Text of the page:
You Have GOT to Be Kidding

you have got to be kidding

Financial advisers seem to agree that a panic-fueled stock market decline has opened a number of opportunities to snag solid investments on the cheap. Stock in solid, well-proven companies is being sold at huge discounts as panic grips the market. So why in the name of price-earnings ratios is the Detroit News shilling Ford and GM stock? Well, to be fair, the newspaper itself isn’t hyping stocks, because “Biz Insider can’t officially offer investment guidance into purchases of General Motors Corp. or Ford Motor Co. stock.” And why would they, when they have professional misleaders for that job? Former Chrysler spokesman and now Compuware Corp. veep Jason Vines “shared his own thoughts on the stock at the annual Automotive Hall of Fame dinner, telling the crowd of auto aficionados to buy, buy, buy Ford and GM paper.” No, seriously. And guess what else Vines would suggest you buy?

Chrysler stock. Too bad that the company is completely fucked privately held and doesn’t offer stock. Or, as Vines puts it, “they just have a three-headed Devil dog over there.” Seriously, wow. Though this blogger is certainly not qualified to offer investment advice, while there are surely some values out there in the automotive sector, you have to be dumber than shit on a stick to buy Ford or GM right now. These are not “solid firms selling at a discount based on irrational panic,” these are “dogs.” Plain and simple. Not convinced? DetN proves the point a short paragraph later. “Ford Executive Chairman Bill Ford Jr. has seen his nearly 5 million shares decline in value by about $16 million since Sept. 30, and that doesn’t include the stack of cash he and his family have lost from their preferred shares. Also watching a Ford fortune whittle away is billionaire investor Kirk Kerkorian, who has seen his $1 billion play in the company fall to just over $300 million. Across town at GM, Vice Chairman Bob Lutz is the biggest owner of company paper with 81,360 shares, meaning he’s lost nearly $400,000 this month. Don’t worry, though, they’ll all be fine.”

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  • Bdplaid Bdplaid on Oct 14, 2008

    F-bomb still appears in the feed title. I'm a 51 year old rock musician and even I object to the use of that word in this context. Kids aside, there's a place for everything, and this ain't it. See, I respect the f***ing sensibilities of others, and it's just plain f***ing offensive. As for the f***ing objections to the objections on f***ing vulgarity: maybe you complaining f***ers no longer know the f***ing difference. F***ing American culture sure doesn't f***ing seem to. Have I made my point?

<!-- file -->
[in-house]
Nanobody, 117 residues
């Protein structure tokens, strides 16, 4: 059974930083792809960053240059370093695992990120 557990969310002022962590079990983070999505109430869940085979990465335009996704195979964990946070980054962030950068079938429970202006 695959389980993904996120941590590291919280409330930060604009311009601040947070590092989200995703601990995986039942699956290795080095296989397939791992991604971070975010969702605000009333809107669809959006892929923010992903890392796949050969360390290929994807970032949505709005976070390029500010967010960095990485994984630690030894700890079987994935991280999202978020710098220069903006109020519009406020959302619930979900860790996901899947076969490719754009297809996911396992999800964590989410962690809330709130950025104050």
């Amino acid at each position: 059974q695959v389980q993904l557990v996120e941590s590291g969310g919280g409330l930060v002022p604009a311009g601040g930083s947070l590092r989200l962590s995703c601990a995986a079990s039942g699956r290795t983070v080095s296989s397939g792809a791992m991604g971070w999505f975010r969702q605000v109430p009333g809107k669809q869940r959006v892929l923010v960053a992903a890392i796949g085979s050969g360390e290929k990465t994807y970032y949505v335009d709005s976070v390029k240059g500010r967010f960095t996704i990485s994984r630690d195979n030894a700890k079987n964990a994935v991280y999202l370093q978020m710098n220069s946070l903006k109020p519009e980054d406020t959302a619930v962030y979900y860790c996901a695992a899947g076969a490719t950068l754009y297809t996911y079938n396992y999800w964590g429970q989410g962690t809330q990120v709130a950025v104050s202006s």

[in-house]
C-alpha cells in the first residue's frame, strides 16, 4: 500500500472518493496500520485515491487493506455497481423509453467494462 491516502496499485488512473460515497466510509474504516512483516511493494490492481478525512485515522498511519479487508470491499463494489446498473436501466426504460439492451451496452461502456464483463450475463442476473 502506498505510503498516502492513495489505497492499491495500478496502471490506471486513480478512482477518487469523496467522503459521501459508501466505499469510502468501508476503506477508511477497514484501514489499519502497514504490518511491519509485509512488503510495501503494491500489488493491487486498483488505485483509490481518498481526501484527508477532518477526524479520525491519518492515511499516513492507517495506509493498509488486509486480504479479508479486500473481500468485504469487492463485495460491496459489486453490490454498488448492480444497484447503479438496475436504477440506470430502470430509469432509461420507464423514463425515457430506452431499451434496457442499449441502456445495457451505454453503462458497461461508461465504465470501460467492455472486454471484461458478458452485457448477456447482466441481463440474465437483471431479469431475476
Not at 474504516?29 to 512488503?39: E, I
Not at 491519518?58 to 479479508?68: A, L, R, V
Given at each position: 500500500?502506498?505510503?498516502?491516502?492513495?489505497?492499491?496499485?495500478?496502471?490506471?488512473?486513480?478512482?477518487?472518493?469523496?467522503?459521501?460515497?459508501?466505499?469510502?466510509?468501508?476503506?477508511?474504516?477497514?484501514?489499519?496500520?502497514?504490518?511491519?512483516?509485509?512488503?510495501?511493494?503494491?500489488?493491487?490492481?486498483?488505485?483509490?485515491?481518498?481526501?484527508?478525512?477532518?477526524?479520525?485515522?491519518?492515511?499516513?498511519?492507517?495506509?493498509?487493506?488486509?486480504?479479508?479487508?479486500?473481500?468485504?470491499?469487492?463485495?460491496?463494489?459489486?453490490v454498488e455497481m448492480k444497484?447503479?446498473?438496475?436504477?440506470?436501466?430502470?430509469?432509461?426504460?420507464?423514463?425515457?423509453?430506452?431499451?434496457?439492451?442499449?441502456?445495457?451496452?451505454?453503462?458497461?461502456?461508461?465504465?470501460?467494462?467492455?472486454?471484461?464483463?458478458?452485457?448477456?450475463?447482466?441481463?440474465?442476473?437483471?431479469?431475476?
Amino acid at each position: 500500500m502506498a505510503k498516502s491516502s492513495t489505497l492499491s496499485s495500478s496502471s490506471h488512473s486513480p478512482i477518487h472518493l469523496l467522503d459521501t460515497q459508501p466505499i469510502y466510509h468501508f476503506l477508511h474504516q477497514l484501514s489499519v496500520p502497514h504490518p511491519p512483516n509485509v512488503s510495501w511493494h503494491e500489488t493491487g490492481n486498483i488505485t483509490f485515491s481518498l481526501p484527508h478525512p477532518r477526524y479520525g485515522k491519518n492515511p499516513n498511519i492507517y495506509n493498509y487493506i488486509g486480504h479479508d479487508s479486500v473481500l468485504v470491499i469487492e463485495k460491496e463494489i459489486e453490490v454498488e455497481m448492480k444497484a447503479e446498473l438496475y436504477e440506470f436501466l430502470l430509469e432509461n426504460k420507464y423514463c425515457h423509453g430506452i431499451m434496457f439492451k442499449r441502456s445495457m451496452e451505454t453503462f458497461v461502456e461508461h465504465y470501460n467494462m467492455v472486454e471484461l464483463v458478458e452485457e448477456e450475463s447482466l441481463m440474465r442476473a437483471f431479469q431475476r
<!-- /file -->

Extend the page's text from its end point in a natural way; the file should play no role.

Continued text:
• Jbstevens Jbstevens on Oct 14, 2008

    I think what bdplaid meant to say was "Have I made my f***ing point?". Seriously, I'm not offended by the use of the F word and find it effective as long as it's not overused. I've seen many items on the nightly news that offend me far more than the f bomb. However, I understand that some are offended and don't have any argument with them. TTAC can react as they please based on the feedback. I visit this site for auto news and reviews that don't read like infomercials. When that changes, I'll be offended.

  • Dennis Howerton Nice article, Cory. Makes me wish I had bought Festivas when they were being produced. Kia made them until the line was discontinued, but Kia evidently used some of the technology to make the Rio. Pictures of the interior look a lot like my Rio's interior, and the 1.5 liter engine is from Mazda while Ford made the automatic transmission in the used 2002 Rio I've been driving since 2006. I might add the Rio is also an excellent subcompact people mover.
  • Sgeffe Bronco looks with JLR “reliability!”What’s not to like?!
  • FreedMike Back in the '70s, the one thing keeping consumers from buying more Datsuns was styling - these guys were bringing over some of the ugliest product imaginable. Remember the F10? As hard as I try to blot that rolling aberration from my memory, it comes back. So the name change to Nissan made sense, and happened right as they started bringing over good-looking product (like the Maxima that will be featured in this series). They made a pretty clean break.
  • Flowerplough Liability - Autonomous vehicles must be programmed to make life-ending decisions, and who wants to risk that? Hit the moose or dive into the steep grassy ditch? Ram the sudden pile up that is occurring mere feet in front of the bumper or scan the oncoming lane and swing left? Ram the rogue machine that suddenly swung into my lane, head on, or hop up onto the sidewalk and maybe bump a pedestrian? With no driver involved, Ford/Volkswagen or GM or whomever will bear full responsibility and, in America, be ambulance-chaser sued into bankruptcy and extinction in well under a decade. Or maybe the yuge corporations will get special, good-faith, immunity laws, nation-wide? Yeah, that's the ticket.
  • FreedMike It's not that consumers wouldn't want this tech in theory - I think they would. Honestly, the idea of a car that can take over the truly tedious driving stuff that drives me bonkers - like sitting in traffic - appeals to me. But there's no way I'd put my property and my life in the hands of tech that's clearly not ready for prime time, and neither would the majority of other drivers. If they want this tech to sell, they need to get it right.